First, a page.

Results showed that mutations frequently occur in certain regions of its genomic DNA, and comprehensive analysis of the expression of RNAs encoded by the genes located around these regions revealed a particularly large variation in expression of the sRNA Hpnc4160. Moreover, successive thymidine (T) bases (T repeats) were found in the control region upstream of the gene encoding this sRNA. sRNAs are known to bind to messenger RNAs via complementary sequences and regulate the level of their translation into proteins.

Elongation of the T-repeat sequence was observed 8 weeks after infection, and the expression level of Hpnc4160 decreased with an increase in T repeat length. The research group then generated strains of H. pylori with different T repeat lengths, and their inoculation into mice resulted in different expression levels of Hpnc4160, depending on the T repeat length.

Next, they comprehensively analyzed the proteins whose expression is regulated by Hpnc4160 at the RNA and protein levels. It was found to target eight factors, including the genes encoding CagA, a carcinogenic factor in gastric cancer, and outer membrane proteins.

In addition, they examined the effect of Hpnc4160 on the pathogenicity by inoculating mice with the Hpnc4160-deficient mutant strain or the wild-type strain of H. pylori. Results showed that the number of viable bacteria was higher in the mice inoculated with the mutant strain 3 days after infection, when the T repeat elongation was not observed. In addition, the pathogenic factors, which are normally suppressed by Hpnc4160, increased the colonization of the bacteria in the mouse stomach. On the other hand, in the post-infection examination up to 4–56 days, the number of viable bacteria in mice inoculated with the Hpnc4160-deficient strain decreased 56 days after inoculation, when the T repeat elongation was observed. Moreover, a comparison of the viable bacteria with different T repeat lengths showed that the longer the T repeat, the more likely the strain persistently infected the stomach.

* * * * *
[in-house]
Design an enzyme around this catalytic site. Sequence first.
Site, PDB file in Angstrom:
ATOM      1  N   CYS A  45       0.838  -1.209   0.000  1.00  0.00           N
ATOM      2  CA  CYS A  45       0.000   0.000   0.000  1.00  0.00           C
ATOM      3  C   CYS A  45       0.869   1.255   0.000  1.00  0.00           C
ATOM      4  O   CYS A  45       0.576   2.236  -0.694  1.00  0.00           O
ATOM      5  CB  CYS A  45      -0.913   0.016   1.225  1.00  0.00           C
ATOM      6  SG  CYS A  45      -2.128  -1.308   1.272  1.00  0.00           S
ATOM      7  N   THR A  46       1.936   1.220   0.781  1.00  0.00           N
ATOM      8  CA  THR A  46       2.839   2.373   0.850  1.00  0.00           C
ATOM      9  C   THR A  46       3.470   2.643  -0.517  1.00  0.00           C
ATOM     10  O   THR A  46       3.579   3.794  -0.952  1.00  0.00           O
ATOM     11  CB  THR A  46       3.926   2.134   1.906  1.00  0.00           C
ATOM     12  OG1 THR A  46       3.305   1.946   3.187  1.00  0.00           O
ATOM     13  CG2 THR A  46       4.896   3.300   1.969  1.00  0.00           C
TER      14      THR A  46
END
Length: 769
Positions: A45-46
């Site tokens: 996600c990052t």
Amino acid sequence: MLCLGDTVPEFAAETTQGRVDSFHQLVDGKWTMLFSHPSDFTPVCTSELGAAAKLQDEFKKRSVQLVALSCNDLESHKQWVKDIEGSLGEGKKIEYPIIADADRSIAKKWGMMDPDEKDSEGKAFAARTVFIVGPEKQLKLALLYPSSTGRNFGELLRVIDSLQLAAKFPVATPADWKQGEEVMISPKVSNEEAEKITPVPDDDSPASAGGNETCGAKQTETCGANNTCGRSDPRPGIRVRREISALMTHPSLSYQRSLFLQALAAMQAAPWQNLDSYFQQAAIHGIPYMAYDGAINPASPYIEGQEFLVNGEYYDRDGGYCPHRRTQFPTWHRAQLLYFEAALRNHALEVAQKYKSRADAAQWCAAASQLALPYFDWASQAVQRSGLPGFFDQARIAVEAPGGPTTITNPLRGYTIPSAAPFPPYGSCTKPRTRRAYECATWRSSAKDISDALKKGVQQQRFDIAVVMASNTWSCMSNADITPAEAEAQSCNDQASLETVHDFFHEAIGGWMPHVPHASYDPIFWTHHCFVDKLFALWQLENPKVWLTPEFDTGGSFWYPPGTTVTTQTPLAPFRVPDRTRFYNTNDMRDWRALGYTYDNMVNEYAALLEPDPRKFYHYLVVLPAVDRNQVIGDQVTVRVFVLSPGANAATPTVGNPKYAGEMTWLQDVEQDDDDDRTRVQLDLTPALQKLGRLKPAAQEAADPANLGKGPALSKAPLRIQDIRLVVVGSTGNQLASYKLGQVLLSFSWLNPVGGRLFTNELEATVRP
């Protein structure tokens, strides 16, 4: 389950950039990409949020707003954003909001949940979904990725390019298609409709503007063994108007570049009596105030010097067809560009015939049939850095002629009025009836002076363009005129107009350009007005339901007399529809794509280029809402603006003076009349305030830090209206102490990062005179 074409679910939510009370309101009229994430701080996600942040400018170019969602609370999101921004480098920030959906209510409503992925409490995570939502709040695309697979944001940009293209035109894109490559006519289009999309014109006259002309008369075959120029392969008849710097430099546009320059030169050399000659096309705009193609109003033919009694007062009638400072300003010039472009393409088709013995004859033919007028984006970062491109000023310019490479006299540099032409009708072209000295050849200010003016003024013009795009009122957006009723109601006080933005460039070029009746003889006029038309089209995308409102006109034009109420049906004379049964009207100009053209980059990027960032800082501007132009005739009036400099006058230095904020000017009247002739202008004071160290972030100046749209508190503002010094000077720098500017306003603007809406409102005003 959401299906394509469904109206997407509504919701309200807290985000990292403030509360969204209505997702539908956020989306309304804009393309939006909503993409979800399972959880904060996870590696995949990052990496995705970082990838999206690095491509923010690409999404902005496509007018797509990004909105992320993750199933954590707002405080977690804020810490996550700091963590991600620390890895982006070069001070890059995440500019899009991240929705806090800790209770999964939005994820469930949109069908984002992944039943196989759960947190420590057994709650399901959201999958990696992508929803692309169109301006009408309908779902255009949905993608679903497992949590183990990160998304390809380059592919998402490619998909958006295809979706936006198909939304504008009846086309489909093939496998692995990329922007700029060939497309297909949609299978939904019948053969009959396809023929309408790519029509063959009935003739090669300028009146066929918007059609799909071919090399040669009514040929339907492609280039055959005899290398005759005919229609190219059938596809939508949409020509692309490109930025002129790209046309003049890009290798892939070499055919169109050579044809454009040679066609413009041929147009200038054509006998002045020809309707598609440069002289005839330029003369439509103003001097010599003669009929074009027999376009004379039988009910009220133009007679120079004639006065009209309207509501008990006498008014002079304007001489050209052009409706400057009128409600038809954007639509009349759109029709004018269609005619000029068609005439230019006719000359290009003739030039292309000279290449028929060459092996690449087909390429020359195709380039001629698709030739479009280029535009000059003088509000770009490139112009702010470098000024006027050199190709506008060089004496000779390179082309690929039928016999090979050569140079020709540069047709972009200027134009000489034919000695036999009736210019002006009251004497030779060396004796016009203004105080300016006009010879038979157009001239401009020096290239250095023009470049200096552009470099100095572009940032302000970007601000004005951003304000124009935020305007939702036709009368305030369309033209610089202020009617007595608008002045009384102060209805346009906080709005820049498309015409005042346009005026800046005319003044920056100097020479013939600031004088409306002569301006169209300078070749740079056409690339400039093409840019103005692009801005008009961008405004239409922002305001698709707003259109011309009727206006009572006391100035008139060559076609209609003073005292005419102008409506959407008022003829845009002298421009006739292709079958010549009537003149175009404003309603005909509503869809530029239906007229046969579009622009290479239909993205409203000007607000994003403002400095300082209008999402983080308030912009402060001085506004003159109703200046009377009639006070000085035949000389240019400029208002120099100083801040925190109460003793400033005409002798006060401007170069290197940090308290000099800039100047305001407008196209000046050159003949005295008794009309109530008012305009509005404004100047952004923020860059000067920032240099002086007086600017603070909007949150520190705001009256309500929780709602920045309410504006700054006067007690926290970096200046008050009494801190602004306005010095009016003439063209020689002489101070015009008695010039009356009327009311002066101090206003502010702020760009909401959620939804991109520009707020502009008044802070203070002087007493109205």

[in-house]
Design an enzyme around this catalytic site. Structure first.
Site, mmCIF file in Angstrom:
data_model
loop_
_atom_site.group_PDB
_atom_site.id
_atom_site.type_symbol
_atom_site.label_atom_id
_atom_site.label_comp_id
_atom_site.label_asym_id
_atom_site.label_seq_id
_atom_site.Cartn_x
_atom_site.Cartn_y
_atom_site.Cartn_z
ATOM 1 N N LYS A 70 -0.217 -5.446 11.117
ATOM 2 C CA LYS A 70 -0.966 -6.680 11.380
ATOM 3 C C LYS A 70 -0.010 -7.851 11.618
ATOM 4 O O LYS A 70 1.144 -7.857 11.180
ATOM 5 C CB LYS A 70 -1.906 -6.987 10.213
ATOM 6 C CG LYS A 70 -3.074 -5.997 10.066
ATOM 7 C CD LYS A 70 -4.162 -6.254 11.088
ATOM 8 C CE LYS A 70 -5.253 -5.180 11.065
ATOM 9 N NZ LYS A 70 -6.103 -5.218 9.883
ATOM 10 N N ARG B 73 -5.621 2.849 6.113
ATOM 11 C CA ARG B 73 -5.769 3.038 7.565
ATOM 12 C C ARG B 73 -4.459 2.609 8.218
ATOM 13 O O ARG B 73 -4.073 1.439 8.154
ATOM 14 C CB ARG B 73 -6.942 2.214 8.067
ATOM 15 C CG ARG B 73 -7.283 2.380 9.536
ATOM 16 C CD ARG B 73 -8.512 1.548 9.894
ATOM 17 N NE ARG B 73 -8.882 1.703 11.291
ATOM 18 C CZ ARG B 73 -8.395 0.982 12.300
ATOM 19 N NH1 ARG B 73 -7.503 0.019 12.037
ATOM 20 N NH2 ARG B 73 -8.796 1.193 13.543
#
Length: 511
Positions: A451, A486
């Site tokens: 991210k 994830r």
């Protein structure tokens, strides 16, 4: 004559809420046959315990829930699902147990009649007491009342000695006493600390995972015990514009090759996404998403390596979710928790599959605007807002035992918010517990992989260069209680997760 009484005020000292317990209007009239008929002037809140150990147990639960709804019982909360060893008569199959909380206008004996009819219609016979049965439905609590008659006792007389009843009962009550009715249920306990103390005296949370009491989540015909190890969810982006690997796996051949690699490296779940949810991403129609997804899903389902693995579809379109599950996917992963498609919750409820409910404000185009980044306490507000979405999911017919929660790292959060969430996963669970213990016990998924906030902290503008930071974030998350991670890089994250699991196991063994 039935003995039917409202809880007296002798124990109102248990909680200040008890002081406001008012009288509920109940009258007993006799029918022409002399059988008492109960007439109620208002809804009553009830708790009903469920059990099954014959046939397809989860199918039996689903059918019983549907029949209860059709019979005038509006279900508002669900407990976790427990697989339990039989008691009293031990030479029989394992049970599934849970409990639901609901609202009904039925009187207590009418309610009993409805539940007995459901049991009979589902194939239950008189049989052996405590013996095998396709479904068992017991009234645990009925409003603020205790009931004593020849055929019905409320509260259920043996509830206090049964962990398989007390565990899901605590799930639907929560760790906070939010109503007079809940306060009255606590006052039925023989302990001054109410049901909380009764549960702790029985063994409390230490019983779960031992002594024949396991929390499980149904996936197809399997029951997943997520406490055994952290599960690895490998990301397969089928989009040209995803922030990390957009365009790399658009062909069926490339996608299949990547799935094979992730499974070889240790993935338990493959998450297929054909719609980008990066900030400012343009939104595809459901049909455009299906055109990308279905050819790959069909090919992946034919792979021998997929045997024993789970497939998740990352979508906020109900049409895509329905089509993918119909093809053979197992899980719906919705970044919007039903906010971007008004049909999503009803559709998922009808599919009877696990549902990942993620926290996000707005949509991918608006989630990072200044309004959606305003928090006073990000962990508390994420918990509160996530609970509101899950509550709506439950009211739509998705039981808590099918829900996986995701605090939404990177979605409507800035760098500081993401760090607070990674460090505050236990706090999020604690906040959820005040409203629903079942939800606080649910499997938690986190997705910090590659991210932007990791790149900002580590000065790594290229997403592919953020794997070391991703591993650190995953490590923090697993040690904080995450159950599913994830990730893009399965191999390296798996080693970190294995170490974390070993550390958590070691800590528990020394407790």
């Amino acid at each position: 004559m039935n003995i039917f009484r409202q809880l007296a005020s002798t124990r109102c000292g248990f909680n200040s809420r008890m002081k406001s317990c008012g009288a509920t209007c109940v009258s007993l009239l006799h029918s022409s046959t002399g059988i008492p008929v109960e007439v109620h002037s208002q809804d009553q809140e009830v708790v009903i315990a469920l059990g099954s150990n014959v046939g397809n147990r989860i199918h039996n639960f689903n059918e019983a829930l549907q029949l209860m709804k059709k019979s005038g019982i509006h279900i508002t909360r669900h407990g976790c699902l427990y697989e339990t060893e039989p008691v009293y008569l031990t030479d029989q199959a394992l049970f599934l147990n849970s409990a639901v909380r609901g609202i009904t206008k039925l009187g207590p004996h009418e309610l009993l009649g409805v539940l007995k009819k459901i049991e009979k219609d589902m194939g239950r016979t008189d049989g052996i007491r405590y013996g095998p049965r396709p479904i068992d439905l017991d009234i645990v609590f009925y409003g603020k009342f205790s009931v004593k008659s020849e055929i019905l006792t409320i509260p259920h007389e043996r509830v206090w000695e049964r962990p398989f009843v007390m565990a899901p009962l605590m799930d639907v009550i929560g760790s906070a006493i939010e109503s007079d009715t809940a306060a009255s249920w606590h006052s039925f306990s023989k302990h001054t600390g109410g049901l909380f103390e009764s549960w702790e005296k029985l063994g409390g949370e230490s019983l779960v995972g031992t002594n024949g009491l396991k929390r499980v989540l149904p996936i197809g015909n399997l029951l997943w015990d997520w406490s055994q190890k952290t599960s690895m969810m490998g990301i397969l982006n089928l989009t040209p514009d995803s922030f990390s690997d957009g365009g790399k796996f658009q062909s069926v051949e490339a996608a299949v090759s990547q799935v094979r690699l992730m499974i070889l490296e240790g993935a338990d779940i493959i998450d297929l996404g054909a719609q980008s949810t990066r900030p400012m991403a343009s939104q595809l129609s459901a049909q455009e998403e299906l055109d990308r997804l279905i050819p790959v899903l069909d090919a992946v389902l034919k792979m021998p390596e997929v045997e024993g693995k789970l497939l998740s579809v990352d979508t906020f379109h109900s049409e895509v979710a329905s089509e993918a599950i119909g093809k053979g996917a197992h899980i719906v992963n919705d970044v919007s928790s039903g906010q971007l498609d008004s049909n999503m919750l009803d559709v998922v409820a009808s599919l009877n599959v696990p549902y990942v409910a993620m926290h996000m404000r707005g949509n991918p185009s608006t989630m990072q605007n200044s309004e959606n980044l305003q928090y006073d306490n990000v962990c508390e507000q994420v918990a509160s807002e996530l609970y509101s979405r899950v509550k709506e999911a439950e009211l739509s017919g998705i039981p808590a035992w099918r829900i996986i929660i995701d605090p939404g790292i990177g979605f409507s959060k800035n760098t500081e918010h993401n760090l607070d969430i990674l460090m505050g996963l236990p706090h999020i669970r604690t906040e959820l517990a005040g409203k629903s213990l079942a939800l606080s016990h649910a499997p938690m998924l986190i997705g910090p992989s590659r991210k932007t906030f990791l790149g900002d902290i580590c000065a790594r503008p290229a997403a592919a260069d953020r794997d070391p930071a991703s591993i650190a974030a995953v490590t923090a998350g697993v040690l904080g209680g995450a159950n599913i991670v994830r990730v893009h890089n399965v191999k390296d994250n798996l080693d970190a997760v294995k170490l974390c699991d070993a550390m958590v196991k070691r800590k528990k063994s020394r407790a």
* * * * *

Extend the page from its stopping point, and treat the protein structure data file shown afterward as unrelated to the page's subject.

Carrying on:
Additionally, the variation in T-repeat sequence increased over time after infection. This variation appears to be useful for adapting to the environment of the stomach, which changes depending on the infection status.

Furthermore, their examination of these characteristics in H. pylori isolated from patients with gastric cancer revealed long T-repeats and a tendency of increased expression of the Hpnc4160 target factors.

Therefore, the expression of Hpnc4160 in H. pylori suppresses pathogenic factors in vitro. However, the infection of the stomach decreases its expression due to elongation of the T repeat by gene mutation, and this increases the expression of pathogenic factor proteins, making it easier to persistently infect the gastric mucosa. If the diagnosis of highly pathogenic H. pylori infection that leads to gastric cancer is possible, excessive administration of antibiotics, which increases the occurrence of antibiotic-resistant bacteria, can be avoided.

Associate Professor Mimuro said, “Since we have now identified the pathogenic factors, we aim to investigate their functions in the future. I hope that understanding these will lead to the development of effective diagnostic and therapeutic agents.”

This article has been translated by JST with permission from The Science News Ltd.(https://sci-news.co.jp/). Unauthorized reproduction of the article and photographs is prohibited.